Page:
We are all aware of the mental health campaigns urging us to check in with each other, like R U OK?, to start the conversation about someone’s mental health… but do you know how to support and guide them to resources if they say “No, I’m not ok”?. What are the next steps to take? Do you feel confident to have that discussion?
Over the last few weeks I’ve been doing a course called Mental Health First Aid, to learn more about how to support the people around me if they are struggling with their mental health or have a mental health crisis. The course is about teaching people how to provide support to someone when they start to become unwell and provide early intervention if possible, by starting the conversation, making a plan to see a GP or professional, talking about the resources available and dispelling misinformation about mental health.
How the course content is applied is not that much different to how you would apply physical first aid. You are there to support the person until someone more qualified for the role, such as a GP or counsellor, is available.
There are many reasons why mental health awareness and training is so important.
If someone is struggling with their mental health, it is most likely to be first noticed by the people around them and not by a health professional. If we are to notice those symptoms early, we need to know what we are looking for and how to assist. Sometimes the person may not even be aware themselves that they are experiencing mental illness, may not be able to take action themselves to seek help, or know that effective help may be available for them.
Most people aren’t well informed with how to deal with mental health problems or a mental health crisis. There are a lot of myths, misinformation and misunderstanding around mental health problems which need to be reduced and banished. Mental health is affected by stigma and discriminiation, which stops people talking about their struggles and seeking help. There is a huge percentage of people in Australia who don’t seek treatment for mental illness, and even when they do seek treatment there could be long wait times and any delay can prolong their recovery. People are more likely to seek mental health treatment if someone close to them suggests it.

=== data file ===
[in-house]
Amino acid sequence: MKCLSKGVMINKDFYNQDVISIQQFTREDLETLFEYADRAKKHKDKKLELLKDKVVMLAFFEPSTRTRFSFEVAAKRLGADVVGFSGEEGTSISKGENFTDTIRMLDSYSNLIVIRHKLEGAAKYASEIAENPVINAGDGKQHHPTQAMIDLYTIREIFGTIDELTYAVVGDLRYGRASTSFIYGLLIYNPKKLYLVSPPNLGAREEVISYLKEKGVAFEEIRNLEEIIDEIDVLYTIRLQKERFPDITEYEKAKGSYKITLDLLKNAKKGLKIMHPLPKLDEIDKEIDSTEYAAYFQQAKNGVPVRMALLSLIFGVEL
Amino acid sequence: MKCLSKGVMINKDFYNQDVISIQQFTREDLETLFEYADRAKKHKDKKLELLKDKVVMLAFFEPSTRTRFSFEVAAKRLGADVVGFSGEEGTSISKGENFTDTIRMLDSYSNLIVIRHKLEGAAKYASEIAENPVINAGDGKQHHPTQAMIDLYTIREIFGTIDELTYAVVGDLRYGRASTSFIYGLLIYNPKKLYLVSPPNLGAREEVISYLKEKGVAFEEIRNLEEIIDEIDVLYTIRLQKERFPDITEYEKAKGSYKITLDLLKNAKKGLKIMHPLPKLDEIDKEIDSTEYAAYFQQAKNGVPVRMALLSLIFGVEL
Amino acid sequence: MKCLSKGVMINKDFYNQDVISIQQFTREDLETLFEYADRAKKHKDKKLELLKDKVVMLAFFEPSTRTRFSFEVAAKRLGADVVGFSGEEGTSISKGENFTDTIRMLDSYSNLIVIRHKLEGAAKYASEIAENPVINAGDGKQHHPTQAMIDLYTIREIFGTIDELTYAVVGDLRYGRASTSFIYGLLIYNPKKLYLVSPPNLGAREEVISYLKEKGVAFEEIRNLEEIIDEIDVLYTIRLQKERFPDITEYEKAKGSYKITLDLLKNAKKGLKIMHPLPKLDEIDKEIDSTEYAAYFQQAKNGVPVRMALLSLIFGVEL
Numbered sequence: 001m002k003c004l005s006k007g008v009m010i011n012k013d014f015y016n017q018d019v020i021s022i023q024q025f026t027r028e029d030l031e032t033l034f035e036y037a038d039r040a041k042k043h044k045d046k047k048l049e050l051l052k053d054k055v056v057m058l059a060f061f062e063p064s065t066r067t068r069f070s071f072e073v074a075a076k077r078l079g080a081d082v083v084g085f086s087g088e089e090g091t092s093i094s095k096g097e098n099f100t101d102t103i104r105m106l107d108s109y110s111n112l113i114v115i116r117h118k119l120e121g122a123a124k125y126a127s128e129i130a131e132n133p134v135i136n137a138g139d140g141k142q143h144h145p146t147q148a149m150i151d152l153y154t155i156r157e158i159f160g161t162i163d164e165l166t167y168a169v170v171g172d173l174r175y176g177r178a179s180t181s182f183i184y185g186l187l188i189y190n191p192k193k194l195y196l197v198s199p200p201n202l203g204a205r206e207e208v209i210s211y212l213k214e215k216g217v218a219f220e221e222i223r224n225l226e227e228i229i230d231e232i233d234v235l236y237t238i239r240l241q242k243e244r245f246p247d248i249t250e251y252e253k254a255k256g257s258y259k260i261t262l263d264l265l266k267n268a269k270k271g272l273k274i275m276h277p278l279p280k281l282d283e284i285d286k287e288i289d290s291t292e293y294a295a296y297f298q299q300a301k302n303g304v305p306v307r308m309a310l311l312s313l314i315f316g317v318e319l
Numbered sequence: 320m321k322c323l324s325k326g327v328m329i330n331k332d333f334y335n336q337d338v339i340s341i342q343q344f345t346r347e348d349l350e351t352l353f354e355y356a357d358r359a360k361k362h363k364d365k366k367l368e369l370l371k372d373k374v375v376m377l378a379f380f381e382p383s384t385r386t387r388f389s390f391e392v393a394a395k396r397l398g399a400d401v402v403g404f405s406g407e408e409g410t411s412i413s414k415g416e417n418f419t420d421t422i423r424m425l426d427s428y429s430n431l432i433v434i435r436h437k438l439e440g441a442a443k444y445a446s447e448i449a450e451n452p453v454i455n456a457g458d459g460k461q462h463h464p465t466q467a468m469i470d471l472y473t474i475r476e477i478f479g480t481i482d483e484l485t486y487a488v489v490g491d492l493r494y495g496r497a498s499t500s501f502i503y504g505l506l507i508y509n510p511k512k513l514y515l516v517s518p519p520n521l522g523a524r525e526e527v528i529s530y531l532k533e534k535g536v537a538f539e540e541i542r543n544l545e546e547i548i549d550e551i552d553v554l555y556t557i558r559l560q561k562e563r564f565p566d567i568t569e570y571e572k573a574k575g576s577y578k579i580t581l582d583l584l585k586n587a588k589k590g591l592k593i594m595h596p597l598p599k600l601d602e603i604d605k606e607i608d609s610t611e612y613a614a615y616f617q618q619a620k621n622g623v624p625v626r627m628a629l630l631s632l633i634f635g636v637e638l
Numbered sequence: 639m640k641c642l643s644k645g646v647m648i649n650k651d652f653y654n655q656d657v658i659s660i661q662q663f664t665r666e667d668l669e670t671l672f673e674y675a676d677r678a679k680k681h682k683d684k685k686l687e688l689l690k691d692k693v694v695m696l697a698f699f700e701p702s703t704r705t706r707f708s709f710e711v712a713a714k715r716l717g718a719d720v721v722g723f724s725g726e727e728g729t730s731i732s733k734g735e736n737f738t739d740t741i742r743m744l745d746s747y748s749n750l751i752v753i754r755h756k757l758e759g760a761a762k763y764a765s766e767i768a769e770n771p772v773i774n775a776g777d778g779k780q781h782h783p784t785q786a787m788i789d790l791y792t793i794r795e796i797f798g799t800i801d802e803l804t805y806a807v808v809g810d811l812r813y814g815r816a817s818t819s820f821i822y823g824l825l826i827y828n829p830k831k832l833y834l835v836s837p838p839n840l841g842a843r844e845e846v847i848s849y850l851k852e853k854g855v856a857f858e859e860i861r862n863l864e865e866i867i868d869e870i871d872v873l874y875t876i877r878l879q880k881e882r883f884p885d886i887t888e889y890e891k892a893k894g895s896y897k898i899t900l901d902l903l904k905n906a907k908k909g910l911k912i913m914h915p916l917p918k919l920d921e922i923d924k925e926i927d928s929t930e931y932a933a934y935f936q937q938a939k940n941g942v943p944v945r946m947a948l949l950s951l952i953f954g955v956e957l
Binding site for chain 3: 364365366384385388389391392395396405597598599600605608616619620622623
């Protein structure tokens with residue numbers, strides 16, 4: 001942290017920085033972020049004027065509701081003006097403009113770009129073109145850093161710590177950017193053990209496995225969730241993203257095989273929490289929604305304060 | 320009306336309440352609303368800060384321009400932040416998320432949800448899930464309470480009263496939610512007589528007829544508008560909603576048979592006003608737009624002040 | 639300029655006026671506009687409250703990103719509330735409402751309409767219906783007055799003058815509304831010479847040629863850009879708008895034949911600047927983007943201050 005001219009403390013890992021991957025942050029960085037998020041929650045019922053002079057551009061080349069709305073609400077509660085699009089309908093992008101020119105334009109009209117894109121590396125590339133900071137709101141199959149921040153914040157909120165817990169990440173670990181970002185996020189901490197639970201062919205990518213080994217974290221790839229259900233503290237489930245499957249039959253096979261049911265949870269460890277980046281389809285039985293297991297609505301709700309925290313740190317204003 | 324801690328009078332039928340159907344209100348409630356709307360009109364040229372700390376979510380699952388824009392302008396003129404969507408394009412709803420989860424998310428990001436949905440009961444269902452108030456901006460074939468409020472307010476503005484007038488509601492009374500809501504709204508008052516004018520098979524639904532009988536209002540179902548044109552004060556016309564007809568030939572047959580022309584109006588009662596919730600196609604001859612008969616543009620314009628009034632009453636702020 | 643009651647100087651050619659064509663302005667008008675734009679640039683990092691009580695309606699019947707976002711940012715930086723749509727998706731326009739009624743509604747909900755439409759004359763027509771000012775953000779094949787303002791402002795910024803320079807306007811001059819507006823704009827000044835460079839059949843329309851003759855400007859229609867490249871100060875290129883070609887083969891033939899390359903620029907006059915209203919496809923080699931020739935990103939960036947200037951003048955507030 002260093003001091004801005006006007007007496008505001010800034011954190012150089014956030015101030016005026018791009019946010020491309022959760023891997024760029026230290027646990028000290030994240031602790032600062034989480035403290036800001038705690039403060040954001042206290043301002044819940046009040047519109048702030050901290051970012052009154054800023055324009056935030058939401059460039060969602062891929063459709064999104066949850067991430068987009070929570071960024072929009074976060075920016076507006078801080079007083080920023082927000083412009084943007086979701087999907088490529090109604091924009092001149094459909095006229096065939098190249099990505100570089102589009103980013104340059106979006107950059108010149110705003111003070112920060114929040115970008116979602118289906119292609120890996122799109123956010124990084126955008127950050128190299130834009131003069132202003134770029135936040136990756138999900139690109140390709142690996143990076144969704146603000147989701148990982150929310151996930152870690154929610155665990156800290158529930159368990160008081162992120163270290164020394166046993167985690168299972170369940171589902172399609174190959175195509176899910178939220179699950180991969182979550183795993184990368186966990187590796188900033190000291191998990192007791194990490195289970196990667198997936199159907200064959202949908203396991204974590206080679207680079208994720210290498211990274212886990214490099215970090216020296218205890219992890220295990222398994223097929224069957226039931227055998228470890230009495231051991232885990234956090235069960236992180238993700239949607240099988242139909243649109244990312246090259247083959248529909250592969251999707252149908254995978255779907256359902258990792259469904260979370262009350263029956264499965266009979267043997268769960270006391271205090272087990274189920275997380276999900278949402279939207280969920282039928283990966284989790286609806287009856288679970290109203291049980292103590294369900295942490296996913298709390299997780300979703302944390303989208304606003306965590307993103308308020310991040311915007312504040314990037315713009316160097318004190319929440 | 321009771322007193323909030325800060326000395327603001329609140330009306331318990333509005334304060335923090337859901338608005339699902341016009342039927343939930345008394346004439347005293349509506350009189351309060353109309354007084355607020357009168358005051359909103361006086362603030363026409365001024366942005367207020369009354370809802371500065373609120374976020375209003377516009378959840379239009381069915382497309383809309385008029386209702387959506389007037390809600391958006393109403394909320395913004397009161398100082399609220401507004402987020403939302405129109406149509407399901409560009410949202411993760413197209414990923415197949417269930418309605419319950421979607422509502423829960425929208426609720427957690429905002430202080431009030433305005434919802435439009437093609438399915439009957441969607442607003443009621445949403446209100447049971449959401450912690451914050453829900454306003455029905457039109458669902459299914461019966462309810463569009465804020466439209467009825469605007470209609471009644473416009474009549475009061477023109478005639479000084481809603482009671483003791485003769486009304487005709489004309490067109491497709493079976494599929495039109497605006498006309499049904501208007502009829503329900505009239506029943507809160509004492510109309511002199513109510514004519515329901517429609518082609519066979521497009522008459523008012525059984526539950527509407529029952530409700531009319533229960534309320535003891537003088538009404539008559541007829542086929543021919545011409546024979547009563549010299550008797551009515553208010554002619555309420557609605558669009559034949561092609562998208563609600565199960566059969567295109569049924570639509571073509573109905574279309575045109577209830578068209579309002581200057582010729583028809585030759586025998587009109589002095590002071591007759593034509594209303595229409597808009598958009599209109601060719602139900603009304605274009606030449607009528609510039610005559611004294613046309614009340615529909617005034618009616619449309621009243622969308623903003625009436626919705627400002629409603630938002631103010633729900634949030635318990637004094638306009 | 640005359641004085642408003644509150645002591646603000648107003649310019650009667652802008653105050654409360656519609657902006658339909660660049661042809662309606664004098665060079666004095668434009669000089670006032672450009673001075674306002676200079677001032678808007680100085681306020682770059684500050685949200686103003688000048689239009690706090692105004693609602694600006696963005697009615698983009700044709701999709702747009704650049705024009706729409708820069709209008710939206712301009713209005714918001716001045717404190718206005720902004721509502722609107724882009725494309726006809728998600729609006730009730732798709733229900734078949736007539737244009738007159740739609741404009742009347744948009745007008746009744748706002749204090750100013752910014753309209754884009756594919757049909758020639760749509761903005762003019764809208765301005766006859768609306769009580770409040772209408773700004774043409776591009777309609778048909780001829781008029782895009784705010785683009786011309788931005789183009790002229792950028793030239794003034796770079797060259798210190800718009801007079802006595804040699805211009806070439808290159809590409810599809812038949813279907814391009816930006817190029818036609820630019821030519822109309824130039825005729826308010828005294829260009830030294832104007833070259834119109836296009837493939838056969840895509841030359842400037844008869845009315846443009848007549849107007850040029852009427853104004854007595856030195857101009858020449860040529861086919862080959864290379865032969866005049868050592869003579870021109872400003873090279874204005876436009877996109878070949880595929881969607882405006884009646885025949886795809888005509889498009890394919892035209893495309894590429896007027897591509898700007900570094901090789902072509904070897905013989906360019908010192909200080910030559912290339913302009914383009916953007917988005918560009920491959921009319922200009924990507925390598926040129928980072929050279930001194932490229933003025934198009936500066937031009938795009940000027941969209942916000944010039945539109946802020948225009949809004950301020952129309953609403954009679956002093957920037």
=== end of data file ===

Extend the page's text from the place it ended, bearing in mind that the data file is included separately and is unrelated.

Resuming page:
Mental health problems are common and more so now with stress and anxiety from a global pandemic, lockdowns and social isolation. We are not living in easy times, and mental health problems were increasing dramatically before the pandemic started. If there was ever a time when we needed to look out for each other, it would be now.
Talking with the instructor and other people in the course helped us to realise that we were all hesitant to say the wrong thing to someone with a mental health condition, and that by doing the course we had gained confidence in what to say, how to listen and how to give assistance that will support the person’s needs. It also made us aware of our own mental health experiences, prioritising the things that help us stay healthy and balanced, and knowing our boundaries on how much help we can give.
I highly recommended the course if you are someone who wants to learn more on how to support someone until they can receive professional help and to gain confidence to have the tougher conversations, and with the information from this course, the conversations don’t have to be tough – but they may improve and save someone’s life!
So now I’m a qualified Mental Health First Aider and I encourage you to look into becoming one too!
Take good care, Readers. I’ll keep the light on.
For more information about the Mental Health First Aid course, see https://mhfa.com.au/.
I participated in this course at my own expense. All opinions are my own.
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October is Mental Health Awareness month and here are a few things we can do to support mental health.
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